John,
I have the utmost respect for Paul and his writing. It wasnt a simply gut reaction to seeing the words yankee and losing in a sentence. I also feel that since Ive been posting here, Ive been pretty balanced and fair with my comments. I try to add to the discourse not simply yell into the wind about my team. I was simply pointing out that I dont consider the yankees a "losing team". I feel this way for a variety of reasons. Im not fully happy with their play so far this season but I do think that their record is so bad considering the adversity they have faced this season.

I think that both Paul and Girardi were being oblique............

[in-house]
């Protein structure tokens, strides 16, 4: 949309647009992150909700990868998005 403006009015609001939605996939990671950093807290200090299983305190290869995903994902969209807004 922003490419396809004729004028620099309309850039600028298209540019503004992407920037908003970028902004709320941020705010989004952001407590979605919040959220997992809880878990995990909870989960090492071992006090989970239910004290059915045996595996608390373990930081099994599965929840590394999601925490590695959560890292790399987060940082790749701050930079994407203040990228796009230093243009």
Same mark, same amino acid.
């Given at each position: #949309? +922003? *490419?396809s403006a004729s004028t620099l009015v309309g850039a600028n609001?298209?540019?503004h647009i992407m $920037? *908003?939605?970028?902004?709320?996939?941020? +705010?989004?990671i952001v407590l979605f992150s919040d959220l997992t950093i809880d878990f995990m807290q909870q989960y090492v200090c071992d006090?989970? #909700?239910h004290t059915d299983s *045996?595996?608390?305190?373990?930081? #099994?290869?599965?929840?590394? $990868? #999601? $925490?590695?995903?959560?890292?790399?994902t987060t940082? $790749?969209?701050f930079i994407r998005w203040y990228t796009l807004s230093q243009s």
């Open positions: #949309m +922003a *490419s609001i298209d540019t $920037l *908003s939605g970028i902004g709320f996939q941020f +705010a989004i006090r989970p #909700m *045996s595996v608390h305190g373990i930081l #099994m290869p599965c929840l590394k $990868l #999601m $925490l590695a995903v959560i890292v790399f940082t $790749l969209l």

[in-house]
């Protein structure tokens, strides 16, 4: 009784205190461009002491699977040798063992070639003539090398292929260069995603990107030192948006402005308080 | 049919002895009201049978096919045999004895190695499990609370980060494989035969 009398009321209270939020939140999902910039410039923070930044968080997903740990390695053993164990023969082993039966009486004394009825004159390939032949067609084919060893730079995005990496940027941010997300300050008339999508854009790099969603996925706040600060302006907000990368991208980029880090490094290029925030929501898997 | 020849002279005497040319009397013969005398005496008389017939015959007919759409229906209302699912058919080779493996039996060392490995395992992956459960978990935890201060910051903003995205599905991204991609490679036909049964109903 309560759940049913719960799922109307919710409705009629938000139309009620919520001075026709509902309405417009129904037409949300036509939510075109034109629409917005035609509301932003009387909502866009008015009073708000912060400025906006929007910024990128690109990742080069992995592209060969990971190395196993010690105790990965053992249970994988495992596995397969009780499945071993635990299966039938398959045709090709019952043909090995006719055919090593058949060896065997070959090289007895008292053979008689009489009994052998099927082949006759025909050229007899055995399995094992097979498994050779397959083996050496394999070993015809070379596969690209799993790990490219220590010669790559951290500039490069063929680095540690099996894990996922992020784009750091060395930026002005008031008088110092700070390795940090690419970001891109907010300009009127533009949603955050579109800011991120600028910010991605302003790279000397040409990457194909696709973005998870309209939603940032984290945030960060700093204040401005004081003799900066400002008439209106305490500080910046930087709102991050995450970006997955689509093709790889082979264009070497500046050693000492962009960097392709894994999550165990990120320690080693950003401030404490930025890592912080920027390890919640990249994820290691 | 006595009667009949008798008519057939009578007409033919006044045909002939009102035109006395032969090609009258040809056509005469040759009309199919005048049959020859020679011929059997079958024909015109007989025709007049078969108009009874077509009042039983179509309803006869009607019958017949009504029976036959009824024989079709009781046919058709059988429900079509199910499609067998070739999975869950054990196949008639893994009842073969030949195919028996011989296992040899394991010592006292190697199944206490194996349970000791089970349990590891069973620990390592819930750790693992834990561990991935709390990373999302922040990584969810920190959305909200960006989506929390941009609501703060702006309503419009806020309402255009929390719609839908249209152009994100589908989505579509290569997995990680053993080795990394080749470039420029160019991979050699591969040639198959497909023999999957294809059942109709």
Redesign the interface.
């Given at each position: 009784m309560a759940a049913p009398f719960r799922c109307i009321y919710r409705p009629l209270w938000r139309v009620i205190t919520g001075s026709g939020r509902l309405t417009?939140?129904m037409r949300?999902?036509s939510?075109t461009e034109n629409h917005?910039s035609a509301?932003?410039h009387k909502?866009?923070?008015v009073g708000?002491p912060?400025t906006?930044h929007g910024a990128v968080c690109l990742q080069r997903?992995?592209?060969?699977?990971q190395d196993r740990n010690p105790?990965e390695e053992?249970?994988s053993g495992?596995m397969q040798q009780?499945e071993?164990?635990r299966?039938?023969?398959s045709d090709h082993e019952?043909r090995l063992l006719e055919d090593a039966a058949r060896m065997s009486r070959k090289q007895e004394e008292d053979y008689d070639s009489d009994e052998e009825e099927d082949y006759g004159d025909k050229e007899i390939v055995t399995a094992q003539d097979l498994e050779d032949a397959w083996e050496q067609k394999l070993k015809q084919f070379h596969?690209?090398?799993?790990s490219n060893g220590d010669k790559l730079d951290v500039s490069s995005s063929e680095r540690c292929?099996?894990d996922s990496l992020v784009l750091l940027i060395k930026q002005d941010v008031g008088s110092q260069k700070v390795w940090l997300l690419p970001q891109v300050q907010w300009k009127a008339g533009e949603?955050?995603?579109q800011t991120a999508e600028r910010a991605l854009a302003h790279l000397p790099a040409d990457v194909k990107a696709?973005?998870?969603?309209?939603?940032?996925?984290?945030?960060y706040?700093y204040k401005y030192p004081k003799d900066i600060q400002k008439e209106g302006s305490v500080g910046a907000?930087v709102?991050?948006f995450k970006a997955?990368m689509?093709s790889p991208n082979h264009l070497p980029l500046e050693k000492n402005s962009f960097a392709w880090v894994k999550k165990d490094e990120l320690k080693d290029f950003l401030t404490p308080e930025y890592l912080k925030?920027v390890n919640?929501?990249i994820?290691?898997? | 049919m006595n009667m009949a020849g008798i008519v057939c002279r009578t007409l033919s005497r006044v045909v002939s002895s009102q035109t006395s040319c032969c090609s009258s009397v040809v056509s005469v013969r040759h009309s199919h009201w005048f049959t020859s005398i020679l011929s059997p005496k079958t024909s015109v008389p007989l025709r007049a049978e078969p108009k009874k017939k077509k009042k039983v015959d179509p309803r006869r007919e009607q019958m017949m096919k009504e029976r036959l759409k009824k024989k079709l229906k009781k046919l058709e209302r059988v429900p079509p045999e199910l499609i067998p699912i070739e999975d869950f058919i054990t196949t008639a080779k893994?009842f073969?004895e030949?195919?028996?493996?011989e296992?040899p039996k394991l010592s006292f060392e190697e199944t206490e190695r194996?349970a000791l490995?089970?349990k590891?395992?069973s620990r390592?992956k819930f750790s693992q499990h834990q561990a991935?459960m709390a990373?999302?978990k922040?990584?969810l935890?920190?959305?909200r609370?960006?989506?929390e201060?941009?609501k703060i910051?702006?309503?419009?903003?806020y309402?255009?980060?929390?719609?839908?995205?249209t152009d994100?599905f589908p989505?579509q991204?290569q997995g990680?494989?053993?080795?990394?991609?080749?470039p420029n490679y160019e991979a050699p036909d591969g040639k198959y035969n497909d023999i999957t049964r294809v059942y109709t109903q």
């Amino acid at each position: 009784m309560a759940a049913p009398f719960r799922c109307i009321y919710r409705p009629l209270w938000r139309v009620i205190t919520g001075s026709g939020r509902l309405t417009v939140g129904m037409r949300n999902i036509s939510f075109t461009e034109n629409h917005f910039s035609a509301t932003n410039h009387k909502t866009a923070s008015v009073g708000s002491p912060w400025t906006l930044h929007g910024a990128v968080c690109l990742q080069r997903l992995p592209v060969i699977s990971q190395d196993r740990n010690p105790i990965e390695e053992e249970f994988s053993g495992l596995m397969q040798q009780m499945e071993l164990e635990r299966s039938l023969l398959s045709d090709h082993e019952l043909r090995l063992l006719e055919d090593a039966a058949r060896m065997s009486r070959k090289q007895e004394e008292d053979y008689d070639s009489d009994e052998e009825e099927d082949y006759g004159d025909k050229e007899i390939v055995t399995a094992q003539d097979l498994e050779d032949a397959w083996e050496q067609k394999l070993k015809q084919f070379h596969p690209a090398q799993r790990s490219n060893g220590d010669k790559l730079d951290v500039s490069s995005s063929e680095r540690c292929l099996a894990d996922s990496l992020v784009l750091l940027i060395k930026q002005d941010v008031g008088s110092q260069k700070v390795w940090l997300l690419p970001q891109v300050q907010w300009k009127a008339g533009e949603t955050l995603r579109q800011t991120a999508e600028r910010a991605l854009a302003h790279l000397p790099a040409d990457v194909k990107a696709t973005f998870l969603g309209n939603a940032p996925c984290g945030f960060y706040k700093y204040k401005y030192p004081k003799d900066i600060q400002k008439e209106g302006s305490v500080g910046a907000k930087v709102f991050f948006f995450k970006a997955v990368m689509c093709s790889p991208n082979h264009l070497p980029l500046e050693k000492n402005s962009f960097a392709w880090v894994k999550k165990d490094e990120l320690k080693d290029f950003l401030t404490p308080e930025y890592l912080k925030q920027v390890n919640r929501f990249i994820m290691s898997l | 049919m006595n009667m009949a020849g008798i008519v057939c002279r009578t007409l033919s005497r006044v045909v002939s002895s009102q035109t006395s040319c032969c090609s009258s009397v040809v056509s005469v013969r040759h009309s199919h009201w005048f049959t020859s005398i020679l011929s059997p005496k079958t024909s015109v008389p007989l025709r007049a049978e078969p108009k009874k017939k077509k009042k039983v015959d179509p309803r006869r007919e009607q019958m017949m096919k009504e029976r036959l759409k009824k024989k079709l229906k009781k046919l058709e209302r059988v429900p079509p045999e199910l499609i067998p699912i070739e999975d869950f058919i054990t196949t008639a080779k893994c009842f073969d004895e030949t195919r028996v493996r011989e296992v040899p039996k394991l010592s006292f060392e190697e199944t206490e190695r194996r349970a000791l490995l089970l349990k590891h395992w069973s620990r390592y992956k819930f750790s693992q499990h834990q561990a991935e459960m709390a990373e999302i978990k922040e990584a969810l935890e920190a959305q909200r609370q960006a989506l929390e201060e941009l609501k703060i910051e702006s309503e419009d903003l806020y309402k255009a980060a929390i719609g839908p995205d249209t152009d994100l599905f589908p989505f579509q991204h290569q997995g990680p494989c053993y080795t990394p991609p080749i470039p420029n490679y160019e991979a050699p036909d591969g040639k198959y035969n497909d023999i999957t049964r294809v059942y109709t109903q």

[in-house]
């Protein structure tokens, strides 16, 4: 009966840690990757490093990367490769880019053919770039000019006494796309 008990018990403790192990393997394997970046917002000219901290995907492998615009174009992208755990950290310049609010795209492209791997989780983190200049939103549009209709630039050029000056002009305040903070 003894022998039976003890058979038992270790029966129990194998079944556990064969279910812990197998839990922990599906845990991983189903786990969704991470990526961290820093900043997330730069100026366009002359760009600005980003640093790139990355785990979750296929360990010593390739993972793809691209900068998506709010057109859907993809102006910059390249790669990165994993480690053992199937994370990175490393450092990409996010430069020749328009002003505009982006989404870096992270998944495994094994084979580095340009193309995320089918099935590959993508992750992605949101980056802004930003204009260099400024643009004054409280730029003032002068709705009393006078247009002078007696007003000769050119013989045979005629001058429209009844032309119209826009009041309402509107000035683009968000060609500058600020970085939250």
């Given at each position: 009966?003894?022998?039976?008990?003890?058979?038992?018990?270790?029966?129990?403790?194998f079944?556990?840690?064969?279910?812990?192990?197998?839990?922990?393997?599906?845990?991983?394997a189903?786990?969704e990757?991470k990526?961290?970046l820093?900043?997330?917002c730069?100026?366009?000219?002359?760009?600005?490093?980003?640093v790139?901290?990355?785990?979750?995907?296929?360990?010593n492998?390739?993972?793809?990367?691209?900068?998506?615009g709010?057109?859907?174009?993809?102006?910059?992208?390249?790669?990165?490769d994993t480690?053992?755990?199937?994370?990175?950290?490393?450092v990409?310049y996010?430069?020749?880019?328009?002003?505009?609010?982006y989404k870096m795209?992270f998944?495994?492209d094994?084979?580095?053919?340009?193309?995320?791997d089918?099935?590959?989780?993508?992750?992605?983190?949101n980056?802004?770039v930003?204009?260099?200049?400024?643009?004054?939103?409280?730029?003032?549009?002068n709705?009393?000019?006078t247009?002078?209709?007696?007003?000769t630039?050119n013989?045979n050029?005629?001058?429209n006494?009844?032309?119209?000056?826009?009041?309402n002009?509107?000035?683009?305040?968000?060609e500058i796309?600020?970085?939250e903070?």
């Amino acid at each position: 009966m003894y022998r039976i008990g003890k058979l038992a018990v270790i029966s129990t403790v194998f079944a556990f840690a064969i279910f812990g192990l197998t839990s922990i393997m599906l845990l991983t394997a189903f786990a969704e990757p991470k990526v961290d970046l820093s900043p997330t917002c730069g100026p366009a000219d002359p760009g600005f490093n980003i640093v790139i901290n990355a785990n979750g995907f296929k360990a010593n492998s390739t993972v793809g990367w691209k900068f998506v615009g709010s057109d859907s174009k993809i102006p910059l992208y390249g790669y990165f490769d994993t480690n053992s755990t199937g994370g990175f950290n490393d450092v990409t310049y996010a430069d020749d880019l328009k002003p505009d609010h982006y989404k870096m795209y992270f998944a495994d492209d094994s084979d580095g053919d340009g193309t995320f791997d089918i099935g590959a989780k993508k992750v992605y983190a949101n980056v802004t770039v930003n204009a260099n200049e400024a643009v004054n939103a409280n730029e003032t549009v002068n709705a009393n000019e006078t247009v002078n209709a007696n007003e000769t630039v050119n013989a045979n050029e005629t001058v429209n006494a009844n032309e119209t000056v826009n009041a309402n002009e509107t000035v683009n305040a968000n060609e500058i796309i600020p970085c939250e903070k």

I'm going to chalk this all up to growing pains. The press corps and Joe need some time to adjust to each other. The truth is, Torre used to give "right now he's in the rotation" type answers all the time, but after so many years of the grandpa act, and having established a reputation for candidness with the press, he got a pass. So I think all sides will need to evolve a bit here.

It's funny how 3 weeks ago the main concern about Hughes/Kennedy was that they'd blow out their innings limits by July. I'd rather they not be struggling, but it's not catastrophic either. Their kids, they need to learn. Hughes, especially, I thought had circumstances against him: a new catcher every game, some tough weather conditions, umps w/ small zones....It seemed he could never get a break, and then had innings where he just lost it. The history is so strong, you have to figure that eventually he' going to figure out how to get batters out consistently. But it may take a season. Or two.